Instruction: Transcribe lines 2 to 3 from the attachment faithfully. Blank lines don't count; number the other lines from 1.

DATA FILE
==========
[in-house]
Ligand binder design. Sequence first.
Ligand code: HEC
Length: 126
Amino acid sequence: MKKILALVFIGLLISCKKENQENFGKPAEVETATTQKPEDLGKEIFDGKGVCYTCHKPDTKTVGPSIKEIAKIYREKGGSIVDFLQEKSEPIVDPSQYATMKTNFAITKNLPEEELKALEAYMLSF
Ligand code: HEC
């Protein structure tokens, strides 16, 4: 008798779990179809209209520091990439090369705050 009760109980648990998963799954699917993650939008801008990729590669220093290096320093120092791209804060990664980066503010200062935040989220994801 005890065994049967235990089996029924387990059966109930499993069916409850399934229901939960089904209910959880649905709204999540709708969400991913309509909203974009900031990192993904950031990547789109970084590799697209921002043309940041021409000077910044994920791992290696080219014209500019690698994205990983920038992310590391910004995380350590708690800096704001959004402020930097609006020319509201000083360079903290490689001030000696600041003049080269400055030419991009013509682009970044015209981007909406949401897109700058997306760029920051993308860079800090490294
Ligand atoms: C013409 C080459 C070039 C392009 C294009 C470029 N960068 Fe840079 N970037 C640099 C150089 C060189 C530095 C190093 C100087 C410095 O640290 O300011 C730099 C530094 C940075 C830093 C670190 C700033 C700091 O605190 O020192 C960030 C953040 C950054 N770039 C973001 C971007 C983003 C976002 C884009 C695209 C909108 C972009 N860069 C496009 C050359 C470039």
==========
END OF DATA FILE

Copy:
Ligand binder design. Sequence first.
Ligand code: HEC